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Rome remains vigilant on strategic assets, wards off takeovers

The latest numbers show a “significant increase” in operations flagged to the government, which can then intervene with its special powers to safeguard national interest. Of the over 600 flagged in 2022, there have been three oppositions and one veto – concerning Russia and China

Italy is looking out for itself… Over the past years, the government’s special powers to intervene in business dealings to protect the nation’s strategic assets have been expanded. The Mario Draghi-led executive expanded the scope of the relevant sectors, while the European Union’s Foreign Direct Investment Regulation (and a Giorgia Meloni-era law) sharpened its teeth.

… increasingly so. As a result, there has been a “significant increase” in the number of transactions flagged to the government since 2020. The latest report concerning the Golden Power, delivered to Parliament on Wednesday, indicates that a total of 608 transactions were flagged in 2022. That’s up from 83 in 2019, to 342 in 2020, to 496 in 2021.

  • The numbers confirm the upwards trend that follows Rome’s heightened attention on foreign economic influence, especially in the aftermath of the Covid-19 pandemic, when the EU Commission had warned member States to be vigilant so as to prevent the loss of critical assets, resources and tech.

A closer look. Over half (314) of the flagged operations did not fall into the remit of Golden Power’s application, testifying to “an often precautionary use of the notification tool,” as the report noted. Still, most of them (519) concerned strategic sectors, including energy, transport and communications; 71 were about defence and security, and 18 involved 5G technology.

  • Data demonstrates that the government only considers triggering the special powers as a last resort move, reads the report. Total instances of intervention amount to 4% of all the flagged cases (that’s 8% when considering the Golden Power-relevant operation only).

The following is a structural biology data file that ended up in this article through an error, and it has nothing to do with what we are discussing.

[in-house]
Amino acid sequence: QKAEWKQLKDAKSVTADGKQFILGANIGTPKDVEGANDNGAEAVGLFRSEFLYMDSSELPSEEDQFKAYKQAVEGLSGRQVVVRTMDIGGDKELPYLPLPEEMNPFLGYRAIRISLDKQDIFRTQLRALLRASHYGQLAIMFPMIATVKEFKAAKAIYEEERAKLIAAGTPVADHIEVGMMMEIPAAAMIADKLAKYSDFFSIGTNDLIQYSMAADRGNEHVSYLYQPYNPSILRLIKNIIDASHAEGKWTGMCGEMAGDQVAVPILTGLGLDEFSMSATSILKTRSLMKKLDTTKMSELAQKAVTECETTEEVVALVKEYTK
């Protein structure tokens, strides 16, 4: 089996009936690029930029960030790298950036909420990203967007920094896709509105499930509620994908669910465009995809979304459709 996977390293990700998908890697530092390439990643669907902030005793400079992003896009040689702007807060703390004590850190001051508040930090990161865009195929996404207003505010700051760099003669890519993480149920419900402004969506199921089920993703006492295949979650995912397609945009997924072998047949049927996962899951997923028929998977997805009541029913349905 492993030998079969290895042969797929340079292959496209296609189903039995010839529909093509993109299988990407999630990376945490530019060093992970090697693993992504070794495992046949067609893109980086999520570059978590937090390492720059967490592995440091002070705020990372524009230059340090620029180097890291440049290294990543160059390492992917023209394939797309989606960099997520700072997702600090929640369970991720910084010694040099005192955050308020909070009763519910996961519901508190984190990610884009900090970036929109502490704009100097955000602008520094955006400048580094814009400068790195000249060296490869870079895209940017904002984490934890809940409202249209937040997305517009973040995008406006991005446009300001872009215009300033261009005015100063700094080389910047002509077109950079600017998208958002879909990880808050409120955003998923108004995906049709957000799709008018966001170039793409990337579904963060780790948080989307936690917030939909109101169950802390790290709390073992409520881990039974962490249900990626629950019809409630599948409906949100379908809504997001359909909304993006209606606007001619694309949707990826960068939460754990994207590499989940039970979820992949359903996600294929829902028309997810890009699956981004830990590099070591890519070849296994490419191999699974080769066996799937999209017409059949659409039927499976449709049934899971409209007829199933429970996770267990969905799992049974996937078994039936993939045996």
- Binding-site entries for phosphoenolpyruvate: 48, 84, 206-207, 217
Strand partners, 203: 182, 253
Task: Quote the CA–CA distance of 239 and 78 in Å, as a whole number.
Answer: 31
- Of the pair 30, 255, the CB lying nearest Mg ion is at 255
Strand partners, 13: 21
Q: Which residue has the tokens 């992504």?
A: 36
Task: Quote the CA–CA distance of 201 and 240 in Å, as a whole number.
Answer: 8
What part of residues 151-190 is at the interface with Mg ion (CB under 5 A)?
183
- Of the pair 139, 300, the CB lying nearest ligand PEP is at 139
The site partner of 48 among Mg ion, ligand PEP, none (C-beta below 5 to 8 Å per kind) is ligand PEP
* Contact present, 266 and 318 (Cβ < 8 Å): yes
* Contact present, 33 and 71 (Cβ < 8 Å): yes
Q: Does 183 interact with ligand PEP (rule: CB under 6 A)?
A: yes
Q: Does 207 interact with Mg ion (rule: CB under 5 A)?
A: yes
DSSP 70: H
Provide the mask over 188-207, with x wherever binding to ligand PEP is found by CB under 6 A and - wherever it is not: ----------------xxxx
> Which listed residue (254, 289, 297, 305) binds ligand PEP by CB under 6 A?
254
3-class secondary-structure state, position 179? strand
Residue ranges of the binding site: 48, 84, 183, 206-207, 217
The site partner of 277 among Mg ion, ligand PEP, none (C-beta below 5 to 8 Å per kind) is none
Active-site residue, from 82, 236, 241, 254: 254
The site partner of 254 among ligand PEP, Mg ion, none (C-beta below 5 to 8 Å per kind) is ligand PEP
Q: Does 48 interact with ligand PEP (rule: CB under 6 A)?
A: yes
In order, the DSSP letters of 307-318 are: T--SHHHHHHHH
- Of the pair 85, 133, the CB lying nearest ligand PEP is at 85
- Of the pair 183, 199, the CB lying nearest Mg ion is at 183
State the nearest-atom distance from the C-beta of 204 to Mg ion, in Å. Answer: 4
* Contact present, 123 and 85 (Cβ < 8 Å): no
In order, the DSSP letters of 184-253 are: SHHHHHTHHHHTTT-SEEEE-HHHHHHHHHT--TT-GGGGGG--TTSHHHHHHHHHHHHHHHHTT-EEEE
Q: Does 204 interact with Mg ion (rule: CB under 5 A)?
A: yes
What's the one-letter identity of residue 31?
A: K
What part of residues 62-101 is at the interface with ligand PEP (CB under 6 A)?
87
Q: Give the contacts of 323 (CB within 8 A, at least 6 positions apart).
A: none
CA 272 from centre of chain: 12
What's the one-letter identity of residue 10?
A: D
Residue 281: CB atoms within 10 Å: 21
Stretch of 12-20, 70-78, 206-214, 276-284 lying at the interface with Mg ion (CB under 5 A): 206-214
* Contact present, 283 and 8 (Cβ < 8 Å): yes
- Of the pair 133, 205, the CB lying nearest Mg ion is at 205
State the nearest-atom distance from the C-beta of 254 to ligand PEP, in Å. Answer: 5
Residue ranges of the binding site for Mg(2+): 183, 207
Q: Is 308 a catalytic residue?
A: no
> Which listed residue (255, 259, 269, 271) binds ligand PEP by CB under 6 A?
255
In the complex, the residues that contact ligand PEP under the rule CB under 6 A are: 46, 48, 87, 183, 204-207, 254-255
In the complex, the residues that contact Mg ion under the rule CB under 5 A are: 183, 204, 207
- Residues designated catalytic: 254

Where did the government(s) intervene? Only one operation was full-out vetoed: that concerning Robox, a robotics company willing to share the licensing of its machine’s source codes to China’s government-linked Efort Intelligent Equipment. The veto also ended up preventing the latter from raising its stake in the former to 49%, up from 40%.

Protecting strategic know-how. In three more cases, all relating to either Beijing or Moscow, the government elected to oppose purchase transactions. One of them stands out: that of Alpi Aviation, a drone maker that had passed, in violation of Italian law, into the hands of two State-owned Chinese groups. As Italy’s financial corps explained at the time, the acquisition was not about investing but rather acquiring technological and military know-how. Thus, the Draghi government triggered the Golden Power to cancel the takeover and require the Chinese company to sell its shares in Alpi Aviation within a year.

  • “The transaction was deemed likely to harm essential Italian and European interests related to the defence and security sectors, as well as to result in the transfer of know-how, including through special joint ventures, in the non-Italian/European sphere.”

More still. The Draghi government also stopped a subsidiary of the Russian nuclear giant Rosatom from purchasing the quasi-totality of Faber Industrie, a world leader in the design and production of cylinders and systems for high-pressure gas storage. And later, the Meloni executive acquired the entire share capital of Tecnologia Intelligente, an Italian company, from the Dutch company Nebius (a spin-off of Russia’s Yandex).

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